Para leer más información en español, haga clic aquí. 

VACANCIES were published on September 14, 2017; nominations will be accepted until Saturday, October 14.

Below you will find the list of opportunities to serve on the SEIU 509 Joint Executive Board (JEB) and Chapter Executive Boards (CEBs). If you are interested in running for a seat — or nominating a colleague — please follow these instructions:

Only members in good standing are eligible for nomination. Members may nominate themselves or be nominated by fellow SEIU 509 members. The member doing the nominating also needs to be a member in good standing.

Submit nominations for vacancies in writing to Jenny Bauer in the union office by fax (508-485-8529), email ( or US mail (293 Boston Post Road West, Marlborough, MA 01752 ).

To view the Leadership Vacancies document in full screen, click here.

Again, nominations are due Saturday, October 14.

Nominees who are unopposed shall be declared elected on that date. If offices are contested, election dates will be announced and candidates will be notified.

Para leer más información en español, haga clic aquí. 

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Boston Globe Editorial | Mandate treatment, funding for mentally ill

Gerry Hill, father of David, an Eastham man suffering with mental illness who was shot and killed by police.

Gerry Hill, father of David, an Eastham man suffering with mental illness who was shot and killed by police.

NANCY CHIERO WAS as devoted as she was patient with her son Lee. The 35-year-old Uxbridge man had spent his life struggling with psychotic delusions, which would periodically send him to the emergency room for a prescription for medications. Those brought a brief respite, but Lee, who lived in his mother’s basement, would soon cycle off the meds and the visions would return. In 2007, caught in the grips of paranoia, he pushed her down the stairs and fatally stabbed her in the eyes — capturing the murder on videotape.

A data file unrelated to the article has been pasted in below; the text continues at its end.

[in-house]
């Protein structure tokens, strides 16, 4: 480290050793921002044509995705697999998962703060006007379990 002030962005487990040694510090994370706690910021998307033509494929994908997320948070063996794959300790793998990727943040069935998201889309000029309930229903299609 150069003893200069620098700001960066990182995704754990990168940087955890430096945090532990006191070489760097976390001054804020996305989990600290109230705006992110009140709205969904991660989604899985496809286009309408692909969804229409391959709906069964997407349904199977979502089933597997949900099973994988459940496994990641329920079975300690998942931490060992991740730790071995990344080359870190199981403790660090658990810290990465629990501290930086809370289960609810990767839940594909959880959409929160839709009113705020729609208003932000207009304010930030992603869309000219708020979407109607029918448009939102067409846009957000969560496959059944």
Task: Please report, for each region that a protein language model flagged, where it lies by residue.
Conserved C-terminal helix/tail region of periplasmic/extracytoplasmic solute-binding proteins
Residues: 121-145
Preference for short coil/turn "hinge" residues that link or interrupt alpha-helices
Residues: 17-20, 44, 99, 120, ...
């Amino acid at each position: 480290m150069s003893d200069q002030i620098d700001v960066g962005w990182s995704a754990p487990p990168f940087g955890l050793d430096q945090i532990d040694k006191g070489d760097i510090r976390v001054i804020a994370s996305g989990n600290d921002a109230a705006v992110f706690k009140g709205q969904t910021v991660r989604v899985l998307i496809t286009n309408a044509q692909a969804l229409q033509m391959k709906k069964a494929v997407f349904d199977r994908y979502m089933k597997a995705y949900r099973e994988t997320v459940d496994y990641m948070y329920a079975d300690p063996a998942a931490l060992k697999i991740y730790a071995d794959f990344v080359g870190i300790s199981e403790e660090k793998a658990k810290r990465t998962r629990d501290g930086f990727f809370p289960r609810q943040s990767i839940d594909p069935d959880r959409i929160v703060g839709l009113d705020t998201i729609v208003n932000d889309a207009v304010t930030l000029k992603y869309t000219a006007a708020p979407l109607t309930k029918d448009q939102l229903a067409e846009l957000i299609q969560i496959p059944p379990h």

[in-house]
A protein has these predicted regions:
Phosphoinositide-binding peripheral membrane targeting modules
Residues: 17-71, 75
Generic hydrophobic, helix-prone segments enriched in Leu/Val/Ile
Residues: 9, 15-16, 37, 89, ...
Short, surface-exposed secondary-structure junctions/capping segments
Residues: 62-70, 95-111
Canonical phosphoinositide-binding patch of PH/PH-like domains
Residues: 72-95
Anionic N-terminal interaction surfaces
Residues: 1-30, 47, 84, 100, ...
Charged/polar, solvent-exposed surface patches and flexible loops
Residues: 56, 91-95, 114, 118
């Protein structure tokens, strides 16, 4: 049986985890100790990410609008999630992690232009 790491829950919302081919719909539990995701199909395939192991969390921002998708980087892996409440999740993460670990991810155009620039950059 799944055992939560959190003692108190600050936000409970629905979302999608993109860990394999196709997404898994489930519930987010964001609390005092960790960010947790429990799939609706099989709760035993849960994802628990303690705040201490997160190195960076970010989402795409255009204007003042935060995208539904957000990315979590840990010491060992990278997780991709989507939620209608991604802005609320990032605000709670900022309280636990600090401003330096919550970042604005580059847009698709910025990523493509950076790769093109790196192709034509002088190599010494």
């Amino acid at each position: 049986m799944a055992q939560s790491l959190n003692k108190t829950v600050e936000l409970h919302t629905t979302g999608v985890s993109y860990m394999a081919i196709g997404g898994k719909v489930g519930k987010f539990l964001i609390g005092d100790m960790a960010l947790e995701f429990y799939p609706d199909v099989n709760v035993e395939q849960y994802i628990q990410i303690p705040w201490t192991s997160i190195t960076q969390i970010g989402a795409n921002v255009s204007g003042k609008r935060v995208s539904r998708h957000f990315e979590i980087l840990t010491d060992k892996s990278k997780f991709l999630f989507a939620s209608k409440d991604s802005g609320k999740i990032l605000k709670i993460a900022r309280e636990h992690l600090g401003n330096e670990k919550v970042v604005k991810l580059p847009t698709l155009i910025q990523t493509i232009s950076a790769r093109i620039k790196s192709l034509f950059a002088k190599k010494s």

The story of the Uxbridge mother and son is emblematic of the state’s failed policies for treating those with serious mental illness. In a powerful series called “The Desperate and the Dead,” the Globe’s Spotlight team chronicled decades of tepid response, persistent underfunding, and governmental neglect that has thrown mentally ill patients into the streets and left families, police, and ER doctors with an enormous burden of care.

Since 2005, the series reported, more than 10 percent of all state homicides in which a suspect is known were allegedly committed by people with a history of mental illness or its clear symptoms. The Globe built a first-ever database of such cases; the numbers show that over the past 11 years at least 139 people in Massachusetts have died violently at the hands of a person with a diagnosed mental illness, or strong signs of one.